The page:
He examined the words with a sense of detachment, turning them over like a handful of pebbles, feeling the weight of them in the palm of his mind.
You are alive. You are whole. All is well.
A vague feeling of comfort came over him. That seemed to be all he needed to know just then. Anything else could wait. The waiting black rose up again, with the inviting aspect of a soft couch, and he sank gratefully upon it, still hearing the words like plucked harpstrings.
You are alive. You are whole. All is well.
A FEEBLE SPARK
It was Robin McGillivray hovering in the doorway of the tent, his dark wiry hair standing up on end like a bottle-brush. He looked like a harried raccoon, the skin round his eyes wiped free of sweat and soot, the rest still blackened with the smoke of battle.
At sight of him, Claire rose at once.
“Coming.” She was on her feet, kit in hand and already moving toward the door before Brianna could speak.
“Mother!” It was no more than a whisper, but the tone of panic brought Claire round as though she had stepped on a turntable. The amber eyes fastened on Brianna’s face for a moment, flicked to Roger, then back to her daughter.
“Watch his breathing,” she said. “Keep the tube clear. Give him honey-water, if he’s conscious enough to swallow a bit. And touch him. He can’t turn his head to see you; he needs to know you’re there.”
“But—” Brianna stopped dead, her mouth too dry to speak. Don’t go! she wanted to cry. Don’t leave me alone! I can’t keep him alive, I don’t know what to do!
“They need me,” Claire said, very gently. She turned, skirts whispering, to the impatiently waiting Robin, and vanished into the twilight.
“And I don’t?” Brianna’s lips moved, but she didn’t know whether she had spoken aloud or not. It didn’t matter; Claire was gone, and she was alone.
She felt light-headed, and realized that she had been holding her breath. She breathed out, and in, deeply, slowly. The fear was a poisonous snake, writhing round her spine, slithering through her mind. Ready to sink its fangs in her heart. She took one more breath through gritted teeth, seized the snake by the head, mentally stuffed it wriggling into a basket, and slammed down the lid. So much for panic, then.
Her mother would not have left, were there any immediate danger, she told herself firmly, nor if there were anything more that could be done medically. So there wasn’t. Was there anything she could do? She breathed, deep enough to make the boning of her stays creak.
Touch him. Speak to him. Let him know you’re with him. That was what Claire had said, speaking urgently but somehow absentmindedly, during the messy proceedings following the impromptu tracheotomy.
Brianna turned back to Roger, looking in vain for something safe to touch. His hands were swollen like inflated gloves, stained purple-red with bruising, the crushed fingers nearly black, raw rope-weals sunk so deep in the flesh of his wrists that she was queasily sure she could see white bone. They looked unreal, badly-done makeup for a horror play.
Grotesque as they were, they were better than his face. That was bruised and swollen, too, with a ghastly ruff of leeches attached beneath his jaw, but it was more subtly deformed, like some sinister stranger pretending to be Roger.
His hands were lavishly decorated with leeches, too. He must be wearing every leech available, she thought. Claire had sent Josh rushing to the other surgeons, to beg their supplies, and then sent him and the two Findlay boys splashing down the creek banks in hasty search of more.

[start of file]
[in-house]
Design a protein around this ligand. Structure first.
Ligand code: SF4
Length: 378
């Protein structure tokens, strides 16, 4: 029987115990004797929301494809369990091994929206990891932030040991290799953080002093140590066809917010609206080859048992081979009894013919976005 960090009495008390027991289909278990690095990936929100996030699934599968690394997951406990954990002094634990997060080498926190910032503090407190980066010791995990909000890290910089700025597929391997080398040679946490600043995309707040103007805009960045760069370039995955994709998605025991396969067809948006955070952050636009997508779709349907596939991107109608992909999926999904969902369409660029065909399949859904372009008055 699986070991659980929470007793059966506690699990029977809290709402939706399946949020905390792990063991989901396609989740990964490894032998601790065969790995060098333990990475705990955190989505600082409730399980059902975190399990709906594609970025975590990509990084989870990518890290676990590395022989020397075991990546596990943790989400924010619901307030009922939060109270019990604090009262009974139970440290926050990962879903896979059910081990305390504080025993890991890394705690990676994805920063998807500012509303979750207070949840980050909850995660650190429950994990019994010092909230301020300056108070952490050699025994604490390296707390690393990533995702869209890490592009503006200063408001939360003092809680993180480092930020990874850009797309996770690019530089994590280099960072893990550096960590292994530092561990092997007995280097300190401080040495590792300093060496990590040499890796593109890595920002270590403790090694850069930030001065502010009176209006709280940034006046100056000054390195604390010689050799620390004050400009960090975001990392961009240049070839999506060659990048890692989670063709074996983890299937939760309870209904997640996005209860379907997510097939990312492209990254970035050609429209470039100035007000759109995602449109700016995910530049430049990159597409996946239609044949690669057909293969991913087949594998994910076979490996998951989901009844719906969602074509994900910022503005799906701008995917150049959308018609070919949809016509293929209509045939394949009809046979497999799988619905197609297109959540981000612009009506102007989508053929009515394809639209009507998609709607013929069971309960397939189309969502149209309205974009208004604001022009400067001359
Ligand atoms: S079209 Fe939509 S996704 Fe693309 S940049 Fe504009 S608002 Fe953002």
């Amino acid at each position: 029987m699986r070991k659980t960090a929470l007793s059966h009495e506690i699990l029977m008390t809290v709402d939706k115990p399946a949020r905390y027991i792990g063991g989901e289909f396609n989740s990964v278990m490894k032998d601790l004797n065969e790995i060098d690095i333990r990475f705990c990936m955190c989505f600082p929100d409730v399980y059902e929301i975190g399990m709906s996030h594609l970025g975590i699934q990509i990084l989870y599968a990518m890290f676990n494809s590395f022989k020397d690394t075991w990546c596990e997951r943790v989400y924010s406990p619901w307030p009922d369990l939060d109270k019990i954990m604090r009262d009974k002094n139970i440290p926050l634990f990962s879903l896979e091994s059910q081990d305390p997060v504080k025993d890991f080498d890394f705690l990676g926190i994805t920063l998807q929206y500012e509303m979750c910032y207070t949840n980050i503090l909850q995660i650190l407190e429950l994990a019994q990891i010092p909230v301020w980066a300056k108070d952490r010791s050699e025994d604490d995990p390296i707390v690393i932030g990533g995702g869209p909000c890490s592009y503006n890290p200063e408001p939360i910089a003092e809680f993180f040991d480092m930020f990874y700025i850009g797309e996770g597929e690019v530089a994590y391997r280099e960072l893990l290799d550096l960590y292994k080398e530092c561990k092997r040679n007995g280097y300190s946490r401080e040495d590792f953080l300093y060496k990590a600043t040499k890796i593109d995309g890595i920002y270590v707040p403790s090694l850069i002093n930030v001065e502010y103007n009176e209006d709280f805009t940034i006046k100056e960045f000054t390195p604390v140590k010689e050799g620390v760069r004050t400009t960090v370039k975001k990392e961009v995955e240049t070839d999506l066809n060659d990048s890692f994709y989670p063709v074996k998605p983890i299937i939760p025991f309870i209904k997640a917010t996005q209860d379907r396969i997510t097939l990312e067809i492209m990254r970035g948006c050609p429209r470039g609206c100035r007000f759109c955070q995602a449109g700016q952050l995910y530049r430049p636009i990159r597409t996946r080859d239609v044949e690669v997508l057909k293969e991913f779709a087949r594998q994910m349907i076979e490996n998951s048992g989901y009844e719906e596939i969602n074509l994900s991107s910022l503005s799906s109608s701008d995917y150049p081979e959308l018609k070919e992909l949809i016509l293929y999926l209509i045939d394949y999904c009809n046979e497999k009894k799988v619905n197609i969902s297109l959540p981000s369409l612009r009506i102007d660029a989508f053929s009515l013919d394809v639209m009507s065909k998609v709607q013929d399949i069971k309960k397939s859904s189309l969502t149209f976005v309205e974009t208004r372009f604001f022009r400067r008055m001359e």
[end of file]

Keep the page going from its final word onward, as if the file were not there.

Watch his breathing. That, she could do. She sat down, moving as quietly as she could, from some obscure urge not to wake him. She laid a hand lightly over his heart, so relieved to find him warm to the touch that she gave a great sigh. He grimaced slightly at the feel of her breath on his face, tensed, then relaxed again.
His own breath came so shallowly that she took her hand away, feeling that the pressure of her palm on his chest might be enough to stop its labored rise. He was breathing, though; she could hear the faint whistle of air through the tube in his throat. Claire had commandeered Mr. Caswell’s imported English pipe, ruthlessly breaking off the amber stem. Rinsed hastily with alcohol, it was still stained with tobacco tar, but seemed to be functioning well enough.
Two fingers of Roger’s right hand were broken, all his nails clawed bloody, torn, or missing. Her own throat tightened at this evidence of just how ferociously he had fought to live. His state seemed so precarious that she hesitated to touch him, as though she might startle him over some invisible edge between death and life. And yet she could see what her mother meant; the same touch might hold him back, keep him from stumbling over just such an edge, lost in the dark.
She squeezed his thigh firmly, reassured by the solid feel of the long, curving muscle under the blanket that covered his lower body. He made a small sound, tensed, and relaxed again. She wondered for a surreal moment whether to cup his gen**als.
“That would let him know I’m here, all right,” she murmured, swallowing a hysterical desire to laugh. His leg quivered slightly at the sound of her voice.
“Can you hear me?” she asked softly, leaning forward. “I’m here, Roger. It’s me—Bree. Don’t worry, you aren’t alone.”
Her own voice sounded strange; too loud, stiff and awkward.
“Bi socair, mo chridhe,” she said, and relaxed a little. “Bi samnach, tha mi seo.”
It was easier, somehow, in Gaelic, its formality a thin dam against the intensity of feelings that might swamp her, were they ever set free. Love and fear and anger, swirled together in a mix so strong her hand trembled with it.